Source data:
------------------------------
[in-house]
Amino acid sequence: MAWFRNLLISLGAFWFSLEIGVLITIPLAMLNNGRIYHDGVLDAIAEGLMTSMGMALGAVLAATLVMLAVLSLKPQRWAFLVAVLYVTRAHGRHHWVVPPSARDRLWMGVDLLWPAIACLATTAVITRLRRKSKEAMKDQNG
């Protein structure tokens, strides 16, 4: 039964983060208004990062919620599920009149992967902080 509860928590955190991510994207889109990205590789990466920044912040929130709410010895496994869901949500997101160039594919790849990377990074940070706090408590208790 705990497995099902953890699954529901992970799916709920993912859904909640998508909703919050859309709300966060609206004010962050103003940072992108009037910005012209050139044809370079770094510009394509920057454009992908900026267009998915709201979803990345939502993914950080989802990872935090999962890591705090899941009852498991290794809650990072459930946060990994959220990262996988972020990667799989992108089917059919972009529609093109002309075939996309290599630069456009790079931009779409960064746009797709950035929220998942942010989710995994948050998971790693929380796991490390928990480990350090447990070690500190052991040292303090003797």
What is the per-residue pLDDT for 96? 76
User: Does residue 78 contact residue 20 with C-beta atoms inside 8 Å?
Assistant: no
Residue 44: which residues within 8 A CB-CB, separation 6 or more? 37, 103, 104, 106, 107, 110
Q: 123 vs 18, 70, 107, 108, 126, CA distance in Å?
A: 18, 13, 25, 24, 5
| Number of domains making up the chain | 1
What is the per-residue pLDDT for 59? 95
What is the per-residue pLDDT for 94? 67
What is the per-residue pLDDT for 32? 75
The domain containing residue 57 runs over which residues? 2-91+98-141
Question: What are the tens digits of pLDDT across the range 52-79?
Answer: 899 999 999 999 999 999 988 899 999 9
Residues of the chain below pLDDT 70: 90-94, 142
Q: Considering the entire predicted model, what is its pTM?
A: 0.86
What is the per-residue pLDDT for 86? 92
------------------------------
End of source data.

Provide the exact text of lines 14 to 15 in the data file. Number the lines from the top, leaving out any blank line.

The domain containing residue 57 runs over which residues? 2-91+98-141
Question: What are the tens digits of pLDDT across the range 52-79?